Let's brew Wednesday - 1938 Starkey, Knight and Ford Milk Stout
It's been a while, but here we are again with another Let's Brew Wednesday. And it's on a Wednesday! The gods must be smiling.
Starkey Knight & Ford was a large regional brewery in the Southwest of England, which operated breweries at Bridgwater in Somerset and Tiverton in Devon. When it was bought by Whitbread in 1962 it had 400 tied house. The Brigwater closed immediately, but the one in Tiverton remained open until 1982*. Which means it was around when I was drinking. Though, as it brewed no cask, I never tried its beers.
Milk Stout was all the rage between the wars. It was helped by two trends: from draught to bottled and for sweeter, less alcoholic beers. Mackeson, the first Milk Stout first appeared before WW I, but really took off in the 1920's and spawned mnay imitators.
It's incredible popularity amongst a specific generation - Brown Ale experienced something similar - inevitably led to becoming as popular as flared trousers and long hair a a punk gig. It became associated with pensioners - not exactly the role model teenagers starteing to drink would be looking to.
I can remember Mackeson being advertised on the TV in the 1960's and possibly the 1970's: "It looks good, it tastes good and by golly it does you good!" They don't write slogans like that any more. Because it breaks all sorts of rules.
This beer has all the usual features of the style: a decent gravity, but poor attenuation, a very dark colour and a healthy dose of sweetness from the lactose. Note that the lactose is added in the copper. That wasn't the way Whitbread brewed Mackeson. That was essentially their Extra Stout recipe with the lactose added at racking time.
Thanks to Boak and Bailey for providing the phot of the breweing record on which this recipe is based.
That's me done, so over to Kristen . . . . .
Kristen’s Version: Notes: Probably the most simple milk stout you could do. Its very high finishing gravity is nearly reminiscent of back sweetened and pasteurized versions. Seeing this thing is only around 4%, and the lactose only really accounts for about 5 gravity points there are a lot to make up for. Three (3) days fermentation from 61F to 67F and then back down again seems they controlled the fermentation by chilling it. As soon as they hit the 1.022 they dropped the temp to 59F which would pretty much kill the ferment. They high mash temp as well invert would help to add to the high final gravity but its mostly ferment control….which might be hard for some of you. If that’s the case, I’d up the lactose quiet a bit. Basically do your calculations for making a beer 4% and then add back the lactose. Meaning something like use the same malt by percent as in the recipe (save lactose) for something like a 1.038 aiming to finishing at 1.008. For my milk stouts I never include lactose in the calculations but add it after the boil in the whirlpool at a set amount. If you start somewhere around 30g/L, in the whirlpool, and go from there, I think you’ll find your milk stouts turn out much better. I like mine higher but that is based on the amount of roast malts I have in the beer. For this beer, if you start at 30g/L lactose in the boil, you’ll be good regardless if you change the gravity of the recipe or not.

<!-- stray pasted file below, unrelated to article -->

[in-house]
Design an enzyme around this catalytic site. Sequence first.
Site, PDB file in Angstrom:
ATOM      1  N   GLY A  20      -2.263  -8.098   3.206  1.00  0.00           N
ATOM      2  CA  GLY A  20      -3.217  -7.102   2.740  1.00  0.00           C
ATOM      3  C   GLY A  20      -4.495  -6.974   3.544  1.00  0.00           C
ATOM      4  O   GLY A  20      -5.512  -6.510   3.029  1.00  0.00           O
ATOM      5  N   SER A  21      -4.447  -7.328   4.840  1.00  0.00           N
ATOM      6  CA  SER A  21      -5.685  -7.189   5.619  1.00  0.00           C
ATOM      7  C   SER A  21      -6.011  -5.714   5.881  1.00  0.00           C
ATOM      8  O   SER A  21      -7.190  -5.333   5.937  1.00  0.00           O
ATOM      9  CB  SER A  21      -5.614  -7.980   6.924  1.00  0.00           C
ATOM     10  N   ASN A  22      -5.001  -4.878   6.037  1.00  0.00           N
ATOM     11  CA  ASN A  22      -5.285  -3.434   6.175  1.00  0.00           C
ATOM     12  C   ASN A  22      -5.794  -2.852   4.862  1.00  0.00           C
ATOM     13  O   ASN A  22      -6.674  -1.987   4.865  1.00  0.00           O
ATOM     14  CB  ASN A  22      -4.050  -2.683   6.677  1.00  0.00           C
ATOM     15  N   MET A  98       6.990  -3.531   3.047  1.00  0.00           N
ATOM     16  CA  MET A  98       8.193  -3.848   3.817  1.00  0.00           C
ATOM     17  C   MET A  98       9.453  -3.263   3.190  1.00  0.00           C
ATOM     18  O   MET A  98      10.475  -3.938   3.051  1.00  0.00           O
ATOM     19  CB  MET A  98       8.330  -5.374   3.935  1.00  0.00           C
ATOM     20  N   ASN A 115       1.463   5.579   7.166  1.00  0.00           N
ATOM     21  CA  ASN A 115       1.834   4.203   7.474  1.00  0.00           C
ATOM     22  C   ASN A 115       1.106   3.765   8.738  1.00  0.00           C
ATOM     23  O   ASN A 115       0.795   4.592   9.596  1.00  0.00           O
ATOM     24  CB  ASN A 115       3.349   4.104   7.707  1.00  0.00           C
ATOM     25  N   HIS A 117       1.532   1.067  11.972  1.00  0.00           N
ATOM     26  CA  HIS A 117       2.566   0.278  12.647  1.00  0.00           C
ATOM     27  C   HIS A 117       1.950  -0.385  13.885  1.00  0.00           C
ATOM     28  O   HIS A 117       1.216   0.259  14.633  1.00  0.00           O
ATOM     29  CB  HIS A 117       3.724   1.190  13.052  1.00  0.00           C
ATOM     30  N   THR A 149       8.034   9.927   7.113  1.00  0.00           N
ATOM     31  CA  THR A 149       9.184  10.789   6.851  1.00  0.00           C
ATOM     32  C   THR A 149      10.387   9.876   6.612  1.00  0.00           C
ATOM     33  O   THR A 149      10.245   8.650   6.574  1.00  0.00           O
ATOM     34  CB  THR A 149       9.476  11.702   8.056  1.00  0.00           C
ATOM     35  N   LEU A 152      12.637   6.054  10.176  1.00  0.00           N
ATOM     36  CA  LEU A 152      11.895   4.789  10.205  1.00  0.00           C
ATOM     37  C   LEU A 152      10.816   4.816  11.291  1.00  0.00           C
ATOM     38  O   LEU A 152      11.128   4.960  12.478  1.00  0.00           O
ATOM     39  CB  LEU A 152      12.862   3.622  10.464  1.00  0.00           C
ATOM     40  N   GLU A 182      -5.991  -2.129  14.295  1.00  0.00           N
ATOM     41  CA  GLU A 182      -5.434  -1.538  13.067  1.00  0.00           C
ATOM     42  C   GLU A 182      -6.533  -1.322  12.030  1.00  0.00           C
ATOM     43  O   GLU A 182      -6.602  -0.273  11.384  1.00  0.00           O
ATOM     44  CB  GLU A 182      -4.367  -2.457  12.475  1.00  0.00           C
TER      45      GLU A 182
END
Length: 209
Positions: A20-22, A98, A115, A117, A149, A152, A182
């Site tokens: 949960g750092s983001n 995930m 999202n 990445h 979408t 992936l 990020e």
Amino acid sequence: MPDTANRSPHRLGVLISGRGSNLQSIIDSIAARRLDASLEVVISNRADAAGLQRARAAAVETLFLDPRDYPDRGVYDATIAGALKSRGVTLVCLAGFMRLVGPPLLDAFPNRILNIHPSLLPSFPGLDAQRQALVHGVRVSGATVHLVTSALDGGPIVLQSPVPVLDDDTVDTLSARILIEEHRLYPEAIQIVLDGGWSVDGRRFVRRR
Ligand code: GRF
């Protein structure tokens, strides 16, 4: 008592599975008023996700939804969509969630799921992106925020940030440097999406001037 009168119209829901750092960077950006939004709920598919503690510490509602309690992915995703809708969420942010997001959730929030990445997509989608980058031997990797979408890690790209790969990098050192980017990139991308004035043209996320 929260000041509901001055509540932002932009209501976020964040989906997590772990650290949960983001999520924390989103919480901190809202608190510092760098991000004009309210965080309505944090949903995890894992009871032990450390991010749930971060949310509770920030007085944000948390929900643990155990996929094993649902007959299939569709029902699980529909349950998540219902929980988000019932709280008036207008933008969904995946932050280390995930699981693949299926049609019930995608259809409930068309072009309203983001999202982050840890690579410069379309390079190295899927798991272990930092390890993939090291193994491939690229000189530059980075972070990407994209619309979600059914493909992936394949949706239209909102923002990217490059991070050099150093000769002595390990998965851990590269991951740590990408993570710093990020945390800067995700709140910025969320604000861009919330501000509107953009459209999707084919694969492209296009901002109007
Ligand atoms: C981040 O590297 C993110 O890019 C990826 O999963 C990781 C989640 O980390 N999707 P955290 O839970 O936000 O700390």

Malt: Two pale malts, a dark crystal, some black malt and then the lactose. The only little difference you see is the addition of the dark invert and also caramel. Carmaline to be precise. Go ahead and leave out the caramel as I don’t think its going to make a single ounce of difference to the final product. I suggest No2 invert and don’t really think the No3 would help. You have quite a lot of black malt (13%) so don’t really need any more darker flavors. No2 hits the sweet spot pretty well. Hops: Hops are pretty straightforward and lend just enough bitterness to keep this baby from being cloying. A few goldings and some Cluster. Pick your poison. I tend toward the lower AA% hops regardless of origin.
Yeast: So this is a milk stout, one with a ton of non-fermentables so it really doesn’t matter what yeast you use. However, I really like the London III. Just so silky and smooth. Really smooth. Smooooooooooth…like a cow with a speech impediment. Moooooooooth.
Cask: Standard procedure:
1) let the beer ferment until finished and then give it another day or so. For me right around 5-7 days.
2) Rack the beer to your vessel of choice (firkin, polypin, cornie, whatever).
3) Add primings at ~3.5g/L
4) Add prepared isinglass at 1ml/L
5) ONLY add dry hops at 0.25g/l – 1g/L.
6) Bung it up and roll it around to mix. Condition at 55F or so for 4-5 days and its ready to go. Spile/vent. Tap. Settle. Serve at 55F.
* "The Brewing Industry: a Guide to Historical Records" by Lesley Richmond and Alisson Turton, 1990, page 331.